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January 2012 


In This Issue
Free Books for Spring Conference Attendees
ARI to Expand Its Focus in 2012
Get in the 'Know' with our daily trivia
Welcome: Board Member Kim Taylor
GI and CFD Study Authors Slated for Spring ARI Conference
Free Webinar: Science doesn't have to be scary
Million Dollar Puzzle Piece Update

ARI Shield Logo


Spring 2012 NY/NJ Conference

April 27-30
Newark Airport Marriott

Practitioner Seminars, General, Nutrition & Science Sessions


Win an iPad at our Networking Party Saturday April 29th 





Fall 2012 Conference
Hyatt Regency
Orange County, CA 
October 11-14  

Level 1 & 2 Practitioner Seminars, General, Nutrition & Science Sessions

herbert book
Join us in Newark for a free copy of Martha Herbert's new book

Thanks to a generous donation, every attendee at the Spring 2012 ARI Conference will receive a free copy of speaker Martha Herbert's new book The Autism Revolution (due out for release in late March 2012) at conference check-in. Learn more about the book   


Preview Dr. Herbert's seminar online (free CME available) 

researchAutism Research Institute to expand focus in 2012

Since the mid-1990s, ARI has focused much of its efforts on integrative medicine and nutrition.  We continue to fund research, sponsor biannual conferences including two-day science tracks on medical research, organize think tanks with researchers and experienced clinicians, sponsor two levels of clinician seminars, and publish a quarterly science printed newsletter.


For the past couple of years, our staff has been building a foundation to expand ARI's efforts to include other important areas within the field such as adult issues, international networking, sensory intervention, diagnosis/sub-typing, and education.  During the coming months, we will announce new initiatives and projects. We look forward to sharing these updates in the months to come.  

Daily autism tidbits - 'Did you Know?'

The Autism Research Institute is publishing tidbits on autism trivia, research, advice, and history on its homepage,, as well as our Twitter account and Facebook page.  A new tidbit will be uploaded daily, Monday through Friday.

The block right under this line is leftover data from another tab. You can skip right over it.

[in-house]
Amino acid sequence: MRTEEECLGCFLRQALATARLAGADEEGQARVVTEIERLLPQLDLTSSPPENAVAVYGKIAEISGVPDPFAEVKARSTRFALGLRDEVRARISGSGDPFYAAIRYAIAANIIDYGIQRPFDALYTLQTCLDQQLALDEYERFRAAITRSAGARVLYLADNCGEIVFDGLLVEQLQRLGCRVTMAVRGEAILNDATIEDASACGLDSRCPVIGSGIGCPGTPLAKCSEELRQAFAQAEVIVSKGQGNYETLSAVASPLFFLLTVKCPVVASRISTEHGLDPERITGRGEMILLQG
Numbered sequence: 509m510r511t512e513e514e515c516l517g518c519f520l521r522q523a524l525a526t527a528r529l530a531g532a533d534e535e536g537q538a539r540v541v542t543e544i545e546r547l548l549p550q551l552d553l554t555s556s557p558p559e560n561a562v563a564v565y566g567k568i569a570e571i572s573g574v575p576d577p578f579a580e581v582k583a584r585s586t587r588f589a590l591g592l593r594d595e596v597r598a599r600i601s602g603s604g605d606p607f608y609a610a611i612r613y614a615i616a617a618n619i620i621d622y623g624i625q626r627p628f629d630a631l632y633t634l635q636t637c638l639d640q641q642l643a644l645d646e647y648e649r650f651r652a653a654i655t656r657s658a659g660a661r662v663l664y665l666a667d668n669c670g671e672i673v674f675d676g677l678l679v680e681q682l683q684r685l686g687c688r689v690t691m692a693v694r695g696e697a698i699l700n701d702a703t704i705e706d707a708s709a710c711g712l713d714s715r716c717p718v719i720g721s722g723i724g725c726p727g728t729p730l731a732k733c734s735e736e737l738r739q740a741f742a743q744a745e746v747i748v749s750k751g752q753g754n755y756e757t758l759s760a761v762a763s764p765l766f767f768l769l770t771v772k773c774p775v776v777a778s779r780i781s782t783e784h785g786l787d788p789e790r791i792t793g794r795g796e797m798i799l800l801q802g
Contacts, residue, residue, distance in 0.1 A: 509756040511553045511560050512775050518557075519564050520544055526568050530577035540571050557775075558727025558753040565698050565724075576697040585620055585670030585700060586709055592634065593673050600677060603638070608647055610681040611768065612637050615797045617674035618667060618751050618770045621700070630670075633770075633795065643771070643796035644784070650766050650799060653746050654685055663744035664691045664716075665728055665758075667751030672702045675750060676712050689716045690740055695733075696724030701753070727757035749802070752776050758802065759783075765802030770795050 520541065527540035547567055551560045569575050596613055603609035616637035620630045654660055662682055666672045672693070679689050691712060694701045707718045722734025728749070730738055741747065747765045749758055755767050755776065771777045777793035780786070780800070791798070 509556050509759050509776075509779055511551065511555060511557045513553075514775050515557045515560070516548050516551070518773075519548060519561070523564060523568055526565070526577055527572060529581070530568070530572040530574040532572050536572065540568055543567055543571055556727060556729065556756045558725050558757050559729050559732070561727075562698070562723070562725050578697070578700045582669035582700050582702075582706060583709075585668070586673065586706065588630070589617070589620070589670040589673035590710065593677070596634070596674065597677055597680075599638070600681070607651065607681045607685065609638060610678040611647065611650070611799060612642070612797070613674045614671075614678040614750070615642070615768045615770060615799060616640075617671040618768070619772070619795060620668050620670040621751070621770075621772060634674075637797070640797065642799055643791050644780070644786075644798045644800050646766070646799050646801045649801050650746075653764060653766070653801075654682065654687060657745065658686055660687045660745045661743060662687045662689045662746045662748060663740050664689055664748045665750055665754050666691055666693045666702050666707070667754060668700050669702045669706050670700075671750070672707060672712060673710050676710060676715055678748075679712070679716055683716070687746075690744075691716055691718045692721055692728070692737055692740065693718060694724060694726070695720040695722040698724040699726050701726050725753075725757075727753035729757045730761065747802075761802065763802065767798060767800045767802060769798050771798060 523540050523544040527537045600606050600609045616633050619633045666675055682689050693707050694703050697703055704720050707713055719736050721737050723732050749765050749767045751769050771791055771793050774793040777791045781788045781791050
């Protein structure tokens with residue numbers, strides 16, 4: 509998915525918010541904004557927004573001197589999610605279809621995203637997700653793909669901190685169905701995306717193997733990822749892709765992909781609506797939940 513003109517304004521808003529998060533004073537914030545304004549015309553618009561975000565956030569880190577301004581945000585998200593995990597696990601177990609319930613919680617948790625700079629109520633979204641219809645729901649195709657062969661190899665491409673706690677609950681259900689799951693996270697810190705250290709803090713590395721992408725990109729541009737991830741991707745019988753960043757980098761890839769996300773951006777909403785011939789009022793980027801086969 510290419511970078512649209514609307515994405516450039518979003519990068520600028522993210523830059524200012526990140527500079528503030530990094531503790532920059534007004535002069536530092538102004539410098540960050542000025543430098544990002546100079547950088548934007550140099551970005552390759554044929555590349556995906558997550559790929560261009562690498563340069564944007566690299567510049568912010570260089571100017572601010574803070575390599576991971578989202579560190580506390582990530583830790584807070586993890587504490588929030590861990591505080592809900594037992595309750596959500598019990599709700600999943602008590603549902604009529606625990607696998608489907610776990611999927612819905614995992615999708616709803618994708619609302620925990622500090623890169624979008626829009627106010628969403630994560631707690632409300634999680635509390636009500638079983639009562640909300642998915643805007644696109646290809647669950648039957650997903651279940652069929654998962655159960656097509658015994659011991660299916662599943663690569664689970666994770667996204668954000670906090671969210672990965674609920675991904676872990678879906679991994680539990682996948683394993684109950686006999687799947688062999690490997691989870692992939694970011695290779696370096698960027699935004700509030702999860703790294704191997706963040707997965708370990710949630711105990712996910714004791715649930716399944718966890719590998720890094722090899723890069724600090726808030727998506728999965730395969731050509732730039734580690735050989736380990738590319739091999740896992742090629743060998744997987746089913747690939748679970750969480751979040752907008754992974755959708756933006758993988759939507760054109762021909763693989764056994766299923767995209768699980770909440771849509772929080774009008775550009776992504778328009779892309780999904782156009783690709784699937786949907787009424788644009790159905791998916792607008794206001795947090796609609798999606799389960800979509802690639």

Dr. Edelson was quoted as saying, "After studying autism for over 30 years, I have seen a lot and I have learned a lot.  I am excited about sharing interesting bits of information with the autism community." Other experts in the field of autism will also contribute to the 'Did you know?' series.  


To read these daily posts, you can subscribe to ARI's Twitter account or Facebook page or on ARI's homepage

Visit our website:
Join Our Mailing List
From the Director:

edelsonI would like to wish everyone a happy 2012.  As we all know, there is much to do to improve the quality of life for those on the autism spectrum and their families, so let's make this year a big one. I would also like to thank our supporters for their generous donations.  


We are quite excited about our website,, which will likely go 'live' in the next couple of months.  The website will be easier to navigate and will continue to provide up-to-date information about a wide variety of topics associated with autism.   


Again - Happy New Year,   

Steve Edelson, PhD, Executive Director
Autism Research Institute
Autism Research Institute welcomes its  newest board member, Kimberly Taylor

taylorKim Taylor recently joined ARI's Board of Directors.  Kim lives in North Carolina, and she has an adult son on the autism spectrum.  She has been active in the Autism Society of North Carolina for many years, and she served on the Autism Society of America's Board of Directors.  Kim has also worked with Dennis Debbaudt on law enforcement issues related to autism.  She is a former District and Superior Court Judge, and she practices law in Statesville and Taylorsville, North Carolina.
Two new studies out this week point to underlying medical issues in ASD
Hear lead authors from both reports at ARI's spring conference April 26-29th in Newark, NJ

Hear lead author Brent Williams at the Science Session at ARI's Spring Conference
Bacteria in the gut of autistic children different from non-autistic children